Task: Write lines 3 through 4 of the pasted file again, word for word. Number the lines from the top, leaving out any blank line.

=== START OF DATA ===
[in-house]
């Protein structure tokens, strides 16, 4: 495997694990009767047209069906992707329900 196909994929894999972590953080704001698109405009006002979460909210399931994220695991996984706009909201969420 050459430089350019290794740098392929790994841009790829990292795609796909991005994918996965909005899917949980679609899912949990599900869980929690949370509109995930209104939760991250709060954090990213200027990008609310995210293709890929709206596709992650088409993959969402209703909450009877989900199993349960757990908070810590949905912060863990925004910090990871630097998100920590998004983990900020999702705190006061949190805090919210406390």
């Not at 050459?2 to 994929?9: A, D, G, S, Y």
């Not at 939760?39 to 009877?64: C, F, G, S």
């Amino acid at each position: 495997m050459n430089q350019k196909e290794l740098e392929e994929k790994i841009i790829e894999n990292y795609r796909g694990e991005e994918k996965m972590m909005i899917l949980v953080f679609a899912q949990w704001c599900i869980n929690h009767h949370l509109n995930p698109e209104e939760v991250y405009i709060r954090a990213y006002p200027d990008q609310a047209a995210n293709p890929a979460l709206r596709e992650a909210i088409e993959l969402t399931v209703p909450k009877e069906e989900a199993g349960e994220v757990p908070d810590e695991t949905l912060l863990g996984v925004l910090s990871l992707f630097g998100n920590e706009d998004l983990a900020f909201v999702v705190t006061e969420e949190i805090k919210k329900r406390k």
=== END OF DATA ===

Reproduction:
């Not at 050459?2 to 994929?9: A, D, G, S, Y």
């Not at 939760?39 to 009877?64: C, F, G, S």